July 2, 2019

Improving Patient Outcomes: A Look at PCORI’s Research on Women’s Health

by Megan Ritchey, SWHR Communications Intern

When patients and health care providers are forced to make health care decisions without sufficient evidence to inform them, the negative effects can be far-reaching. Undue financial burden, ineffective treatments and painful side effects are just a few consequences of limited health care information.

Nearly 10 years ago, Congress established the Patient-Centered Outcomes Research Institute (PCORI) to address this information gap by conducting quality health research focused on outcomes important to patients. Since then, PCORI has funded hundreds of studies comparing the effectiveness of different clinical options for a wide range of pressing health problems like cancer, opioid addiction, and heart disease.

At the Society for Women’s Health Research’s June policy meeting, Andrew Hu, director of public policy and government relations at PCORI, provided insight into how PCORI identifies topics and priorities for its research, as well as how the institute is advancing women’s health outcomes.

Hu emphasized the importance of PCORI’s engagement with community stakeholders in order to ensure its research benefits a wide range of patients. “We are conscious of the heterogeneity of patient populations, and this gets to why engagement is so important,” he said. “It helps direct us to where we should be looking, what types of questions we should be seeking to answer, and what types of outcomes we should be considering.”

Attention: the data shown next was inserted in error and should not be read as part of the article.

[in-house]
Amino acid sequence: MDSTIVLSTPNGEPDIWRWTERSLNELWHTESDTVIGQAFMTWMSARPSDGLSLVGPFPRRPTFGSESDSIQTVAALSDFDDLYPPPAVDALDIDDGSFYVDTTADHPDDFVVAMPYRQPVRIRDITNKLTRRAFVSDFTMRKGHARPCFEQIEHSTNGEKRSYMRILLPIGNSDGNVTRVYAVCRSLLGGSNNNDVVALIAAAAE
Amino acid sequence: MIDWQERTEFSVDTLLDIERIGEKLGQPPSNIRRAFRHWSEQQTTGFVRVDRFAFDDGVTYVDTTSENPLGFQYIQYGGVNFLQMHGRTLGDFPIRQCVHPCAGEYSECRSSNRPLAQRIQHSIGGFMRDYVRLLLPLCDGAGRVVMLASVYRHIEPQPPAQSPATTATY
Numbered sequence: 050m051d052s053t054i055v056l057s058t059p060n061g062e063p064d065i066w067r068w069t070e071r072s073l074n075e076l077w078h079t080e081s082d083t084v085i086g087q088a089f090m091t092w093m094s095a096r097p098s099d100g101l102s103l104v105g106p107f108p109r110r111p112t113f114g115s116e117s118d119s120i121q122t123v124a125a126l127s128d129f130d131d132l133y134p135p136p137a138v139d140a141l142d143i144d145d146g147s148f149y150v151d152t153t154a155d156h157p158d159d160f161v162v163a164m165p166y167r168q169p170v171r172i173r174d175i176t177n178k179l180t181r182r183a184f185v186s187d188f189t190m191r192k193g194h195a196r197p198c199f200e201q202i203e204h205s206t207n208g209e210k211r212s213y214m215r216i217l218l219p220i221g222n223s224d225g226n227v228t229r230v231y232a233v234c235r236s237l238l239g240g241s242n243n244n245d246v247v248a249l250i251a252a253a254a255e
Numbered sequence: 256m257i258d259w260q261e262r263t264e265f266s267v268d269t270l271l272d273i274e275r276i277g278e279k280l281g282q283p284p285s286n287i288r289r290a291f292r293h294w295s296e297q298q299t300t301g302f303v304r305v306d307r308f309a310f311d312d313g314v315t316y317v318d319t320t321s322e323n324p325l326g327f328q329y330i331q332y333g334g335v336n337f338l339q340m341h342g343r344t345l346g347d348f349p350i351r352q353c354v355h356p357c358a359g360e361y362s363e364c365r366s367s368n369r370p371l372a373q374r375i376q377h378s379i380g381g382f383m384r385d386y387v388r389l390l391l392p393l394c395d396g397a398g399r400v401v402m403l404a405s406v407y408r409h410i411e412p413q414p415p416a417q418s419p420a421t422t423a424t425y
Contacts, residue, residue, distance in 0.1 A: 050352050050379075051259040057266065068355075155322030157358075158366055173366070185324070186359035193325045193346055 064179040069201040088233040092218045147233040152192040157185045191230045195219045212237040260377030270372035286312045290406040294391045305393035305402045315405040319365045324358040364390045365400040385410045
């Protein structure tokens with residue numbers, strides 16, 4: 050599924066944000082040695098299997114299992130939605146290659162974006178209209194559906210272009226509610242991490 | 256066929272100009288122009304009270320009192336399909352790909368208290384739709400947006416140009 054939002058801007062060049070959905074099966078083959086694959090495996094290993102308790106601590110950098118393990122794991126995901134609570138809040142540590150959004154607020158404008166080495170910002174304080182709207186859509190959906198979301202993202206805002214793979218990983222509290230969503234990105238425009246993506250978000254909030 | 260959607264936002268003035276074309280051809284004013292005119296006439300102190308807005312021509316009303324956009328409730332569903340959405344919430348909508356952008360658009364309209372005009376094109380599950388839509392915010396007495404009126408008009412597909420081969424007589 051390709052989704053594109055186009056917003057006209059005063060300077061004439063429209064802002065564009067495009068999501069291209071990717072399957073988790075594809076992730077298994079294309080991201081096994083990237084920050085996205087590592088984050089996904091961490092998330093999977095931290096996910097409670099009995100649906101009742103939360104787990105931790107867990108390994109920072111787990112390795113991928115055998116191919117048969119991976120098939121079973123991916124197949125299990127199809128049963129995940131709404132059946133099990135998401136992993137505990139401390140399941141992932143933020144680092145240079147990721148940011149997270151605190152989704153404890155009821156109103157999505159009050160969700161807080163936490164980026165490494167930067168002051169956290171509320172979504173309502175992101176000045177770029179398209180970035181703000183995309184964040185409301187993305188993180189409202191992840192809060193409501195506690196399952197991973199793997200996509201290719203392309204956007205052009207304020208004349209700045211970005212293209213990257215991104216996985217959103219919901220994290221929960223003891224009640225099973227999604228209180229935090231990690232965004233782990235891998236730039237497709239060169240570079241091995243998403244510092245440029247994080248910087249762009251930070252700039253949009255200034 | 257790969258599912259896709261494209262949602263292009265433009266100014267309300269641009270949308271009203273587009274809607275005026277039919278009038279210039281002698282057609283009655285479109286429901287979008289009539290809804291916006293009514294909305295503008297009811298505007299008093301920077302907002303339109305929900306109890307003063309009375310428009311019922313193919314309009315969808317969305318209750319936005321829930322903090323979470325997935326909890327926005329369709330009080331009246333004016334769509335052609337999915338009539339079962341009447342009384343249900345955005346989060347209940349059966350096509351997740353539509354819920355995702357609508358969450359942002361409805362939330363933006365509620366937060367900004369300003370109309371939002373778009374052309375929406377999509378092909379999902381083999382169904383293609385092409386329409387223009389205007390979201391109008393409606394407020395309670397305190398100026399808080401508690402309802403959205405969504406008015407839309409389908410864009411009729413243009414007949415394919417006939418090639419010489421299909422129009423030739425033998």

PCORI’s research in women’s health areas serves as one example of its engagement with patient subpopulations. PCORI has invested about $240 million to fund 61 studies targeting conditions that specifically or more often affect women, in addition to dozens of projects focused on engaging more women in the research process.

For example, PCORI funded a study that examined the benefits and drawbacks of three uterine fibroid treatments to learn how well they delayed new or recurring symptoms and helped patients avoid follow-up treatments. Based on this research, PCORI funded a related project to update materials to assist patients and health care providers in making shared treatment decisions about fibroids. This work aligns with the goals of SWHR’s new science network that is dedicated to improving the lives of women with uterine fibroids, endometriosis and related conditions by addressing the gaps in research, diagnosis, treatment, and care.

PCORI and SWHR also share an interest in migraine. SWHR’s Migraine Network works to address the burden and stigma of migraine, a disease that predominantly affects women. PCORI has two ongoing projects related to migraine: The first compares two treatment options for those who have chronic migraine and overuse medication (a common occurrence in patients who have more frequent migraine attacks than their prescription was written for).  The second compares two ways to help patients and health care providers talk about the treatment choices for long-term pain conditions such as migraine.

Because health conditions that exclusively or predominantly affect women — like uterine fibroids and migraine — are often stigmatized and have large information and research gaps, studies like PCORI’s could be beneficial to patients, health care providers, and stakeholders like SWHR, bringing us a step closer to eliminating these gaps.

PCORI’s 10-year authorization expires this September and it is seeking reauthorization in order to continue its research and efforts to improve outcomes for patients — including those groups, like women, who have often been overlooked or ignored in traditional research. “We want to make sure that our conversations continue,” Hu said.